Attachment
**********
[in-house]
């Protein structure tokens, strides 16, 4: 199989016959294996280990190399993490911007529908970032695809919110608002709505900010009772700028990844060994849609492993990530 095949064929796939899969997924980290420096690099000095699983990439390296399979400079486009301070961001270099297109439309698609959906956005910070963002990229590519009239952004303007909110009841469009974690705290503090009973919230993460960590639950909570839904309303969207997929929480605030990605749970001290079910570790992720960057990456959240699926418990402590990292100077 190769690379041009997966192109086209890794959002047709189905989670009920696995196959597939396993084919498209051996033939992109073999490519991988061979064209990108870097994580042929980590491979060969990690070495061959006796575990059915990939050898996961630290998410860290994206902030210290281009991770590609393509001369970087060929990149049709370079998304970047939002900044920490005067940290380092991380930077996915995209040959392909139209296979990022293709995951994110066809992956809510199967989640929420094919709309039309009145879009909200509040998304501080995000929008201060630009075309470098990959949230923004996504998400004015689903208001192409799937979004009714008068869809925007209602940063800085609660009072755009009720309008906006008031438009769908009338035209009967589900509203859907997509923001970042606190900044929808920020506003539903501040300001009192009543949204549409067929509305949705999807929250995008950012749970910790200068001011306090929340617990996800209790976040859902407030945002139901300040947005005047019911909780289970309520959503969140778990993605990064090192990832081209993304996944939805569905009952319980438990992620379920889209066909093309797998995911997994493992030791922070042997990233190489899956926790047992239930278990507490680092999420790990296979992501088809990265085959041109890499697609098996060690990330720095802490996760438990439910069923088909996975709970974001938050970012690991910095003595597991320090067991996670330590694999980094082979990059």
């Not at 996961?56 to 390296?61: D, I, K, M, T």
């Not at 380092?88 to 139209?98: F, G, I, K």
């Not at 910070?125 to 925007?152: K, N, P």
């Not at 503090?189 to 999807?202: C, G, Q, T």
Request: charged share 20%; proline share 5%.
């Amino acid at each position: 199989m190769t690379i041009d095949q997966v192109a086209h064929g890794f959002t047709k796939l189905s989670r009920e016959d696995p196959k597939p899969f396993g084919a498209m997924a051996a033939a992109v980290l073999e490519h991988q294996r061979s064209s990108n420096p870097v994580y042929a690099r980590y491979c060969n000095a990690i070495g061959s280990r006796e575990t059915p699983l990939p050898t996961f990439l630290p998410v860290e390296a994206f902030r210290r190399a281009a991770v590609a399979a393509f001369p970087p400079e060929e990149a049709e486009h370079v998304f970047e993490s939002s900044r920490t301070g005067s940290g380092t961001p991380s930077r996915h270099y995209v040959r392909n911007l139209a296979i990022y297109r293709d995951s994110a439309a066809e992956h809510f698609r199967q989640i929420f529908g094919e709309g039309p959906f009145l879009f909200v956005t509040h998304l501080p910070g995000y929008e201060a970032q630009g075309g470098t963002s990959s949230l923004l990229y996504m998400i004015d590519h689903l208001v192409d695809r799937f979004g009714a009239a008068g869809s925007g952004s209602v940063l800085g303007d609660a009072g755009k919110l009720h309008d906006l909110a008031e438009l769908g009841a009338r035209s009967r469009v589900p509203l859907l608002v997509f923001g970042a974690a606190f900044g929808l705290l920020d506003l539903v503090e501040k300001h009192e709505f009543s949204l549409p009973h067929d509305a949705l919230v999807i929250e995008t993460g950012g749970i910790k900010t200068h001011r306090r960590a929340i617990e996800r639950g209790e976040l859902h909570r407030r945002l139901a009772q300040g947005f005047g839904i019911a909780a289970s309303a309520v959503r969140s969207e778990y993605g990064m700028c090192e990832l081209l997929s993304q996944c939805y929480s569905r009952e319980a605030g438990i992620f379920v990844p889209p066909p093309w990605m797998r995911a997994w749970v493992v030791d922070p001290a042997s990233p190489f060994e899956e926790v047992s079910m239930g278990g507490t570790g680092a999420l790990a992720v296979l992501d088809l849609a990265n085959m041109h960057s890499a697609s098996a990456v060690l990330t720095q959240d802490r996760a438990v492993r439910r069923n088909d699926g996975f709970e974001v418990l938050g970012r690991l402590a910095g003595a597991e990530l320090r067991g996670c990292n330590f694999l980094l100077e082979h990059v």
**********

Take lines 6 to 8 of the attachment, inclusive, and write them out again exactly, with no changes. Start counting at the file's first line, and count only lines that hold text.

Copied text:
């Not at 503090?189 to 999807?202: C, G, Q, T």
Request: charged share 20%; proline share 5%.
């Amino acid at each position: 199989m190769t690379i041009d095949q997966v192109a086209h064929g890794f959002t047709k796939l189905s989670r009920e016959d696995p196959k597939p899969f396993g084919a498209m997924a051996a033939a992109v980290l073999e490519h991988q294996r061979s064209s990108n420096p870097v994580y042929a690099r980590y491979c060969n000095a990690i070495g061959s280990r006796e575990t059915p699983l990939p050898t996961f990439l630290p998410v860290e390296a994206f902030r210290r190399a281009a991770v590609a399979a393509f001369p970087p400079e060929e990149a049709e486009h370079v998304f970047e993490s939002s900044r920490t301070g005067s940290g380092t961001p991380s930077r996915h270099y995209v040959r392909n911007l139209a296979i990022y297109r293709d995951s994110a439309a066809e992956h809510f698609r199967q989640i929420f529908g094919e709309g039309p959906f009145l879009f909200v956005t509040h998304l501080p910070g995000y929008e201060a970032q630009g075309g470098t963002s990959s949230l923004l990229y996504m998400i004015d590519h689903l208001v192409d695809r799937f979004g009714a009239a008068g869809s925007g952004s209602v940063l800085g303007d609660a009072g755009k919110l009720h309008d906006l909110a008031e438009l769908g009841a009338r035209s009967r469009v589900p509203l859907l608002v997509f923001g970042a974690a606190f900044g929808l705290l920020d506003l539903v503090e501040k300001h009192e709505f009543s949204l549409p009973h067929d509305a949705l919230v999807i929250e995008t993460g950012g749970i910790k900010t200068h001011r306090r960590a929340i617990e996800r639950g209790e976040l859902h909570r407030r945002l139901a009772q300040g947005f005047g839904i019911a909780a289970s309303a309520v959503r969140s969207e778990y993605g990064m700028c090192e990832l081209l997929s993304q996944c939805y929480s569905r009952e319980a605030g438990i992620f379920v990844p889209p066909p093309w990605m797998r995911a997994w749970v493992v030791d922070p001290a042997s990233p190489f060994e899956e926790v047992s079910m239930g278990g507490t570790g680092a999420l790990a992720v296979l992501d088809l849609a990265n085959m041109h960057s890499a697609s098996a990456v060690l990330t720095q959240d802490r996760a438990v492993r439910r069923n088909d699926g996975f709970e974001v418990l938050g970012r690991l402590a910095g003595a597991e990530l320090r067991g996670c990292n330590f694999l980094l100077e082979h990059v």